Supplemental reading:

Who Rules America?

Review of Abraham Foxman's
Never Again? The Threat of
The New Anti-Semitism
,
NY Times Book Review,
November 30, 2003
 

Monday, August 18, 2003

Monday August 18, 2003

Filed under: General,Geometry — Tags: — m759 @ 3:09 PM

Entries since Xanga’s
August 10 Failure:


Sunday, August 17, 2003  2:00 PM

A Thorny Crown of…

West Wing's Toby Ziegler

From the first episode of
the television series
The West Wing“:

 

Original airdate: Sept. 22, 1999
Written by Aaron Sorkin

MARY MARSH
That New York sense of humor. It always–

CALDWELL
Mary, there’s absolutely no need…

MARY MARSH
Please, Reverend, they think they’re so much smarter. They think it’s smart talk. But nobody else does.

JOSH
I’m actually from Connecticut, but that’s neither here nor there. The point is that I hope…

TOBY
She meant Jewish.

[A stunned silence. Everyone stares at Toby.]

TOBY (CONT.)
When she said “New York sense of humor,” she was talking about you and me.

JOSH
You know what, Toby, let’s just not even go there.

 

Going There, Part I

 

Crown of Ideas

Kirk Varnedoe, 57, art historian and former curator of the Museum of Modern Art, died Thursday, August 14, 2003.

From his New York Times obituary:

” ‘He loved life in its most tangible forms, and so for him art was as physical and pleasurable as being knocked down by a wave,’ said Adam Gopnik, the writer and a former student of his who collaborated on Mr. Varnedoe’s first big show at the Modern, ‘High & Low.’ ‘Art was always material first — it was never, ever bound by a thorny crown of ideas.’ ”

For a mini-exhibit of ideas in honor of Varnedoe, see

Fahne Hoch.

Verlyn Klinkenborg on Varnedoe:

“I was always struck by the tangibility of the words he used….  It was as if he were laying words down on the table one by one as he used them, like brushes in an artist’s studio. That was why students crowded into his classes and why the National Gallery of Art had overflow audiences for his Mellon Lectures earlier this year. Something synaptic happened when you listened to Kirk Varnedoe, and, remarkably, something synaptic happened when he listened to you. You never knew what you might discover together.”

Perhaps even a “thorny crown of ideas“?

“Crown of Thorns”
Cathedral, Brasilia

Varnedoe’s death coincided with
the Great Blackout of 2003.

“To what extent does this idea of a civic life produced by sense of adversity correspond to actual life in Brasília? I wonder if it is something which the city actually cultivates. Consider, for example the cathedral, on the monumental axis, a circular, concrete framed building whose sixteen ribs are both structural and symbolic, making a structure that reads unambiguously as a crown of thorns; other symbolic elements include the subterranean entrance, the visitor passing through a subterranean passage before emerging in the light of the body of the cathedral. And it is light, shockingly so….”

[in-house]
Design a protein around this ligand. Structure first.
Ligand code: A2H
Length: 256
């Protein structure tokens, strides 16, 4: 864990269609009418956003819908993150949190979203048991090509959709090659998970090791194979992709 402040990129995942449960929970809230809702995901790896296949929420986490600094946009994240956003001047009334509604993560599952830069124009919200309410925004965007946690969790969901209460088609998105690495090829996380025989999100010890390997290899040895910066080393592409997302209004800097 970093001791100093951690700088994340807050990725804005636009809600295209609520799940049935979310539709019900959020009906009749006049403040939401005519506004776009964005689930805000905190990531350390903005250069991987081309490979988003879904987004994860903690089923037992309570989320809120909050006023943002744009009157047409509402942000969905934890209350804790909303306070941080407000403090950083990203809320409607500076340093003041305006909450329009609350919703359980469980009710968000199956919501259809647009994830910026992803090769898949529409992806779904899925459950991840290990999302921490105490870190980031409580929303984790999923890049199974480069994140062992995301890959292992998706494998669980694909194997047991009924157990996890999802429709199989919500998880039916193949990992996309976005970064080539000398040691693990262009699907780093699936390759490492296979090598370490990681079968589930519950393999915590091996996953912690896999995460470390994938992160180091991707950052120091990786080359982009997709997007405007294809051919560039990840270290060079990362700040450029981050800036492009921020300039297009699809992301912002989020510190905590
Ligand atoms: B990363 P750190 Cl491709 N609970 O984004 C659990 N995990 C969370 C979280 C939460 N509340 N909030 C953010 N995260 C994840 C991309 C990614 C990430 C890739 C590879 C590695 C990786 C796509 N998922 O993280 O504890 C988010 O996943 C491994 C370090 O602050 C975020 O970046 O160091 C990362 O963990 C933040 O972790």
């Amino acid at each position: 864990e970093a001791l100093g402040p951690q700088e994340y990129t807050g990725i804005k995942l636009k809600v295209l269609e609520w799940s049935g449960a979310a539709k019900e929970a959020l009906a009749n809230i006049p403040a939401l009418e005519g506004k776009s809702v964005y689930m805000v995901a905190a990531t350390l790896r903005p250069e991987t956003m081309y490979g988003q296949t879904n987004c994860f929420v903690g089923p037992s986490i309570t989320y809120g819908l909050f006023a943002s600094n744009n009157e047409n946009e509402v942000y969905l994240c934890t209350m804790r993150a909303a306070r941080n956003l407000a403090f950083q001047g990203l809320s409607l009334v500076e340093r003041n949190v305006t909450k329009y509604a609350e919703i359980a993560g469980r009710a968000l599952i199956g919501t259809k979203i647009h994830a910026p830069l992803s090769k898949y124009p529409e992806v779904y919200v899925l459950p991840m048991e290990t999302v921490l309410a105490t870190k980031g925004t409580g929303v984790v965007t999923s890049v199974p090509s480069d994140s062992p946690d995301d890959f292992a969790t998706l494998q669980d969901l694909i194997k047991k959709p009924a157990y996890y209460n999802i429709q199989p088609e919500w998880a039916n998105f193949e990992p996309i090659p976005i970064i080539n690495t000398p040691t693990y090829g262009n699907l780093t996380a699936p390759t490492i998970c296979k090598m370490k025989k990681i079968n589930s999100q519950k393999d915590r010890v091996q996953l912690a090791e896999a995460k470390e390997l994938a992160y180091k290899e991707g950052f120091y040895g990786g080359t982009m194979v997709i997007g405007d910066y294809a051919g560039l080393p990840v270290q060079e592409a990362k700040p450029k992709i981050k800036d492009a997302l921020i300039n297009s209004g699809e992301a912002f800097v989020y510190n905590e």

Modernist Civic Space: The Case of Brasilia, by Richard J. Williams, Department of History of Art, University of Edinburgh, Scotland

 

Going There, Part II

Simple, Bold, Clear

Art historian Kirk Varnedoe was, of course, not the only one to die on the day of the Great Blackout.

Claude Martel, 34, a senior art director of The New York Times Magazine, also died on Thursday, August 14, 2003.

Janet Froelich, the magazine’s art director, describes below a sample of work that she and Martel did together:

“A new world of ideas”

Froelich notes that “the elements are simple, bold, and clear.”

For another example of elements with these qualities, see my journal entry

Fahne Hoch.

The flag design in that entry
might appeal to Aaron Sorkin’s
Christian antisemite:

 

Fahne,
S. H. Cullinane,
Aug. 15, 2003

Dr. Mengele,
according to
Hollywood

 

Note that the elements of the flag design have the qualities described so aptly by Froelich– simplicity, boldness, clarity:

They share these qualities with the Elements of Euclid, a treatise on geometrical ideas.

For the manner in which such concepts might serve as, in Gopnik’s memorable phrase, a “thorny crown of ideas,” see

“Geometry for Jews” in

ART WARS: Geometry as Conceptual Art.

See also the discussion of ideas in my journal entry on theology and art titled

Understanding: On Death and Truth

and the discussion of the wordidea” (as well as the word, and the concept, “Aryan”) in the following classic (introduced by poet W. H. Auden):

 

 

Saturday, August 16, 2003  6:00 AM

Varnedoe’s Crown

Kirk Varnedoe, 57, art historian and former curator of the Museum of Modern Art, died Thursday, August 14, 2003.

From his New York Times obituary:

” ‘He loved life in its most tangible forms, and so for him art was as physical and pleasurable as being knocked down by a wave,’ said Adam Gopnik, the writer and a former student of his who collaborated on Mr. Varnedoe’s first big show at the Modern, ‘High & Low.’ ‘Art was always material first — it was never, ever bound by a thorny crown of ideas.’ “

For a mini-exhibit of ideas in honor of Varnedoe, see

Fahne Hoch. 

Verlyn Klinkenborg on Varnedoe: